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Top 10 Books by Colorado Authors | Summer Books

Top 10 Books by Colorado Authors | Summer Books


Colorado wordsmiths let loose a barrage of new Colorado-based books.

Amy Rivers

“Complicit” follows the life of Kate Medina, a forensic psychologist that moves back to her hometown after she becomes the victim of an attack. In an attempt to find a safe job, she becomes a high school psychologist, but when a student disappears, Kate finds herself in the midst of a homicide investigation. With the killer still at large, Kate is in a dangerous position, with twists and turns along the way. “Complicit” is an exciting thriller to spice up the summer.

Revolution and Renaissance
Daniel Forbes Hauser

Published just before the start of the pandemic and the protests of 2020, Hauser’s book is a historical understanding of today’s age and why we’re ripe for cultural upheaval. Although he explains that protests produce less change on their own, he points towards our country’s innate ability to respond accordingly during times of crisis. Certainly a very pertinent book for the times, as we as a country continue to make our way through a year of drastic changes and communal demands for change.

The Smoking Inn: (With A Special Welcome to Lesbians, Trans Folk, and All the Little Creatures) (The Chronicles of Diana Attestesso)
Bethany A. Beeler

Beeler’s follow-up novel for “The Fire Golem,” “The Smoking Inn” takes us along a wild ride amongst fantastic and unique characters as Diana Atestesso and her lost love Finn build Sacred Hearts, a bar that becomes a ‘freak’ oasis, featuring a gonzo journalist, a drag queen, and Selene, who is experiencing her first same-sex marriage. Diana quickly faces the villainous wrath of a religious power broker and a fanatic zealot, who try to bring her and Sacred Hearts down. A sure battle to keep you yearning for the next page.

But I’m Too Little
Kimberly Spencer

Born in St. Louis and relocated to Denver, Spencer began her Colorado journey with a cupcake business, called Graffiti Cupcakes. She has now written her first children’s book, “But I’m Too Little,” which is the story of Kai, who is met with positive reinforcement by her parents when she struggles to overcome obstacles due to her size and age. A story of overcoming challenges and appreciating the uniqueness of each individual.

Lord of the Butterflies (Button Poetry)
Andrea Gibson

Boulder County local (they live in Niwot) and arguably one of the best slam poets in the nation, Gibson has brought us Lord of the Butterflies, a showcase collection beautifully articulating with wonderful artistic ingenuity topics such as gender, romance, loss, and family. You’ll sink with their sorrow only to be lifted to new heights of poetic wonder and contemplation.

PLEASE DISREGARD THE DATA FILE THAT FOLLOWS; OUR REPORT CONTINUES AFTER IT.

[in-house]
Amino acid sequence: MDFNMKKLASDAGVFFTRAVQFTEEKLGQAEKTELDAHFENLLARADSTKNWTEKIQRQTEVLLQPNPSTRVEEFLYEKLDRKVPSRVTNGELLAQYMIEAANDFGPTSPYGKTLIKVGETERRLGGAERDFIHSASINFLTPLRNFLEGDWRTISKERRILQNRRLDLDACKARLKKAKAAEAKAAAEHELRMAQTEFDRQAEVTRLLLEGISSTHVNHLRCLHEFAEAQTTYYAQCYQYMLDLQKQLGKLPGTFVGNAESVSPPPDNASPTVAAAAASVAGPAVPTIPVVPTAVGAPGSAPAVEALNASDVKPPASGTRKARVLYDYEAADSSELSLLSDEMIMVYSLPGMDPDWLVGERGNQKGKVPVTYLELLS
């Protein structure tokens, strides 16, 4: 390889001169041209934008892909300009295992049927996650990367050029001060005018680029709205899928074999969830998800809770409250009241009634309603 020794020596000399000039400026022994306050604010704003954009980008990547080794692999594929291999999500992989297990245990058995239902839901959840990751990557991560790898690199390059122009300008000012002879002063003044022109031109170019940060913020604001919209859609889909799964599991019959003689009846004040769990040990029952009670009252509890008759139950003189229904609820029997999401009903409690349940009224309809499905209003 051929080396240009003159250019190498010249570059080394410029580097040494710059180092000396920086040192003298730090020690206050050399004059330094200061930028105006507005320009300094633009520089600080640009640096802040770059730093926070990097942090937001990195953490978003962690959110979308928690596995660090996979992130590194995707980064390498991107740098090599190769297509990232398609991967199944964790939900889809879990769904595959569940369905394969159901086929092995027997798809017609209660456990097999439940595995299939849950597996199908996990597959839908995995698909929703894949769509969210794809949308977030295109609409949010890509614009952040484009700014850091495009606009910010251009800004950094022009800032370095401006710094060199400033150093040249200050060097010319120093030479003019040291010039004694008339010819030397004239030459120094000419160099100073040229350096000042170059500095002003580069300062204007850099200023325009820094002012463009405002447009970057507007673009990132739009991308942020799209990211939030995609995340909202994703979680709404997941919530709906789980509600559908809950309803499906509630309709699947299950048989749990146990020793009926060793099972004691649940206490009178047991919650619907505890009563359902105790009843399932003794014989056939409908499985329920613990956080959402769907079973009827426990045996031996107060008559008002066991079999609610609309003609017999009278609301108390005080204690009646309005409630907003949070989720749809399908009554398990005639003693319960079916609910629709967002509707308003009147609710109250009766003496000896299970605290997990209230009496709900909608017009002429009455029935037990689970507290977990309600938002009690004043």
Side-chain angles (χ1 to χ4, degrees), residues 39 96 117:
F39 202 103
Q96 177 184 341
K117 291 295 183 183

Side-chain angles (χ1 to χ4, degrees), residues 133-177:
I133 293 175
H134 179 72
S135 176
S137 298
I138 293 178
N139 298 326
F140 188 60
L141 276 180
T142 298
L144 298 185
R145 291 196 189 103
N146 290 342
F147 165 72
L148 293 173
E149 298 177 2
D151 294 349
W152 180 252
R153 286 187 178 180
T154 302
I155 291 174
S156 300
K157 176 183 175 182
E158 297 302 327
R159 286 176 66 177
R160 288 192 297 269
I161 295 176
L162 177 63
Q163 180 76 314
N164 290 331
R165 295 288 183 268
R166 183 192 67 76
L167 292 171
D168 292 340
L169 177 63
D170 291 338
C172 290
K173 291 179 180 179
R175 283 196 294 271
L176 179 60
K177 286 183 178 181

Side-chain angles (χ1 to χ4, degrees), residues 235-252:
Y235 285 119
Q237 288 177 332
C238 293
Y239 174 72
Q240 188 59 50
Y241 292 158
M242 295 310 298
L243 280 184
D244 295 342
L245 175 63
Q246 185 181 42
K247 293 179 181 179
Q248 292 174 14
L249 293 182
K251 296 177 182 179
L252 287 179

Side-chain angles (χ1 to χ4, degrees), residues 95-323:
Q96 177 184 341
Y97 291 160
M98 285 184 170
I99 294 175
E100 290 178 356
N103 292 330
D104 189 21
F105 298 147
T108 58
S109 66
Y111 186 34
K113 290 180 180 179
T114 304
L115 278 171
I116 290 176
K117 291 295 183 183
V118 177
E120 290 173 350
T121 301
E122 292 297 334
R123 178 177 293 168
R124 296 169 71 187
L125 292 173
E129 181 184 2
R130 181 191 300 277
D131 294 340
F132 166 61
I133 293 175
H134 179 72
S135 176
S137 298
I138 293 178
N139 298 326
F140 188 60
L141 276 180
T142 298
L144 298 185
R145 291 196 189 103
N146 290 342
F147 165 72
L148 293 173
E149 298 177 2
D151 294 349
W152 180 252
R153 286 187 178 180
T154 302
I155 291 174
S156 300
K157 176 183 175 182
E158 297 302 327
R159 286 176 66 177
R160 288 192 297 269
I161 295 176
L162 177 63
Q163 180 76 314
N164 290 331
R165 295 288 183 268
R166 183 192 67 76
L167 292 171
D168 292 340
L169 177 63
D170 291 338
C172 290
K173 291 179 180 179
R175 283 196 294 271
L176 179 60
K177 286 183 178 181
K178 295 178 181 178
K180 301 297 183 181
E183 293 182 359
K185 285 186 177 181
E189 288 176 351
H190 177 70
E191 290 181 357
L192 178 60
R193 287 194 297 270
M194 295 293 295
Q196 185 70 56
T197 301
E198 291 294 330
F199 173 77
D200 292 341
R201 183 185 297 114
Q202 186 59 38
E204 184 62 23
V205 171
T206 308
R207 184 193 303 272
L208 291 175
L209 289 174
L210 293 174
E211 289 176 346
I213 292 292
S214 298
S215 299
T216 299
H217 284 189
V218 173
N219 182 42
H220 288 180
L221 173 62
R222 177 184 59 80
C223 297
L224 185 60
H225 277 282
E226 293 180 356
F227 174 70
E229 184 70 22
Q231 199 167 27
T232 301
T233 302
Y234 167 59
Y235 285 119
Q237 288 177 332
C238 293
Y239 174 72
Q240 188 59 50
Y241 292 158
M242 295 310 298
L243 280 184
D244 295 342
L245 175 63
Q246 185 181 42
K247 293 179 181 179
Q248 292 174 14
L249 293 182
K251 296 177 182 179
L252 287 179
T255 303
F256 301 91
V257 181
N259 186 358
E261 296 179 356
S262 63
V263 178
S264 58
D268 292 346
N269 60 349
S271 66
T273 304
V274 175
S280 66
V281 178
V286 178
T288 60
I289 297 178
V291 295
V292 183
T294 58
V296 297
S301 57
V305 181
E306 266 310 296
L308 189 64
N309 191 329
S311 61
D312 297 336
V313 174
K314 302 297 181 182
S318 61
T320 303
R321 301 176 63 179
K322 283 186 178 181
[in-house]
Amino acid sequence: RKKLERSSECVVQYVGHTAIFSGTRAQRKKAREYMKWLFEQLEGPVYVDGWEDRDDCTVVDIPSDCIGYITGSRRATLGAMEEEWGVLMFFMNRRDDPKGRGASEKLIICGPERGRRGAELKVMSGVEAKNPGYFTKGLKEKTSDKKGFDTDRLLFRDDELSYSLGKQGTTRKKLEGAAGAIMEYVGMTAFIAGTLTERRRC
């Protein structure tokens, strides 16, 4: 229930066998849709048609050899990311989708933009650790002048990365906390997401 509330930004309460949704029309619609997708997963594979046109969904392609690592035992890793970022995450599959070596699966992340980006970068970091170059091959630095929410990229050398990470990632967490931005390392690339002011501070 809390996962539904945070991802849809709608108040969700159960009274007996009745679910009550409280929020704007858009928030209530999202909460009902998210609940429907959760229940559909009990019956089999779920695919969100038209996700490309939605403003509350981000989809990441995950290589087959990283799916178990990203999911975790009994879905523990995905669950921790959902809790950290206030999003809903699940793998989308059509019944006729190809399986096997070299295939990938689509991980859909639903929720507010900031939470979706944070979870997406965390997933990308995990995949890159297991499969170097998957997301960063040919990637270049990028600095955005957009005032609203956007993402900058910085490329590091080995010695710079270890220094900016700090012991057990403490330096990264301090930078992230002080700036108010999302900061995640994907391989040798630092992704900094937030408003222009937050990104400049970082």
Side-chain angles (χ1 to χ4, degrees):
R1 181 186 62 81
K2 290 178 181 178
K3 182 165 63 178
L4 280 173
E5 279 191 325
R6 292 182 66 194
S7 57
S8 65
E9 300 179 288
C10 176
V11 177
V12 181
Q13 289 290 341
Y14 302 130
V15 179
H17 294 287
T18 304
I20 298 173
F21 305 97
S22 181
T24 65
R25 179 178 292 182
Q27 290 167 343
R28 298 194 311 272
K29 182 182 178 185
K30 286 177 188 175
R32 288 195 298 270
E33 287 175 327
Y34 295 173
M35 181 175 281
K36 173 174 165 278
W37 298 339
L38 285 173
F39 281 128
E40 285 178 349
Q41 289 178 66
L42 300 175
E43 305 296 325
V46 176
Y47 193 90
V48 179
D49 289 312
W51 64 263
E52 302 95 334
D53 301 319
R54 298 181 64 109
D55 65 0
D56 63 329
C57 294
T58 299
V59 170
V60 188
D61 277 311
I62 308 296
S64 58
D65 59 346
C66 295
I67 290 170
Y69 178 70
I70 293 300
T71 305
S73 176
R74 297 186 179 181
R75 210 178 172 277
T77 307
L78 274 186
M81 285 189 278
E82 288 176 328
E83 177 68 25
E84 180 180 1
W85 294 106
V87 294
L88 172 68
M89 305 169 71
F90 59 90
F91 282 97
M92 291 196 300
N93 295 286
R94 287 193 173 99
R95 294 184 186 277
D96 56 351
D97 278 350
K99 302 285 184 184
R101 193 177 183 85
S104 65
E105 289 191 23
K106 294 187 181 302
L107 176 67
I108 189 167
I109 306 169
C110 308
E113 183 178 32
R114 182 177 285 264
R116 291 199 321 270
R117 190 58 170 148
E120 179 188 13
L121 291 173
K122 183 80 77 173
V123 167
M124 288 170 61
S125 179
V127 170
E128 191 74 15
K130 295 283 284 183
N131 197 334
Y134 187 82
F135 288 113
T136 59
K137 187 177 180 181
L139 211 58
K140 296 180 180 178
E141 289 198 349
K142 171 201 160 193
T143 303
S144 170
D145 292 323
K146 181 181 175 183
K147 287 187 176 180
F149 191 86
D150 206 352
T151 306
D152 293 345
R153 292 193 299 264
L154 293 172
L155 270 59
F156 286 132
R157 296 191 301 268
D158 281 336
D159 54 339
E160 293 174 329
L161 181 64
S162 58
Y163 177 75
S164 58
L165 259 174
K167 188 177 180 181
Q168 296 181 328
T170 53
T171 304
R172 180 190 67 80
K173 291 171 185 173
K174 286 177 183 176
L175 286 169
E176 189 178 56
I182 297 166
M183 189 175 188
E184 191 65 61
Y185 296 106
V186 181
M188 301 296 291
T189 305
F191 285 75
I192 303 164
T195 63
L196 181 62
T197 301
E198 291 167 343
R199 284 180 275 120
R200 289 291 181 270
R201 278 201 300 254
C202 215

Finding Motherland: Essays about Family, Food, and Migration
Helen Thorpe

Colorado resident, author, freelance journalist, and former First Lady of Colorado, Thorpe brings us seven essays on family, food, and migration. She tells us the story of how her family immigrated to the U.S., how becoming a mother is a lot like moving to a new country, and the hardship and complexities of the life of an undocumented mother. Balancing the stories of past immigrants and those of today, Thorpe shares the similarities between the two, that immigration isn’t a new phenomena, but one rather has been occurring since the beginning of time.

The Last Train Robber: The Life and Times of Willis Newton
W.C. Jameson

W.C. Jameson is back with the infamous tale of Willis Newton, the greatest bank robber that ever plundered the West. Having stolen more money than Frank and Jesse James, Butch Cassidy, the Daltons, and the Doolins combined, Jameson takes us on a wild ride alongside the Newton gang has they take on their greatest heist, only to be arrested and sentenced. Using interviews from the 1970’s and newspaper reports to detail the extensive history of the Newton Gang, Jameson brings to life, “The Last Train Robber.”

The Only Good Indians: A Novel
Stephen Graham Jones

CU Boulder English Professor Stephen Graham Jones’ book is part horror and part commentary on the identity politics of the American Indian experience. Following the lives of American Indian men and their families after a deadly event from their youth, they are confronted by the culture they left behind so long ago. A story of revenge, cultural identity, and the price some pay when they break tradition.

Of Curses and Kisses (Rosetta Academy Book 1)
Sandhya Menon

Princess Jaya Rao is out for revenge when the Emerson Clan reignites a centuries-old feud against her sister. But when she attends the same boarding school as Grey Emerson, who was cursed into misanthropy by a member of Jaya’s family, she attempts to make him fall in love with her just to break his heart. When that doesn’t work and she begins to fall for him, she wonders if sworn enemies could ever be happy together. Together they fight the odds, and write their very own ending.

Alexa Martin

Book one of the Playbook Series, “Intercepted” has won numerous awards and has been dubbed one of the best romance novels of 2018. Marlee Harper is a great girlfriend and has been dating her NFL boyfriend for over a decade. When he cheats on her, she leaves him and to the relief of the other NFL wives, Marlee proclaims she’ll never date an athlete again. But when Gavin Pope, the new quarterback convinces Marlee he’s nothing like her ex, Marlee becomes the center of gossip making her worry about much more than what the others think of her.

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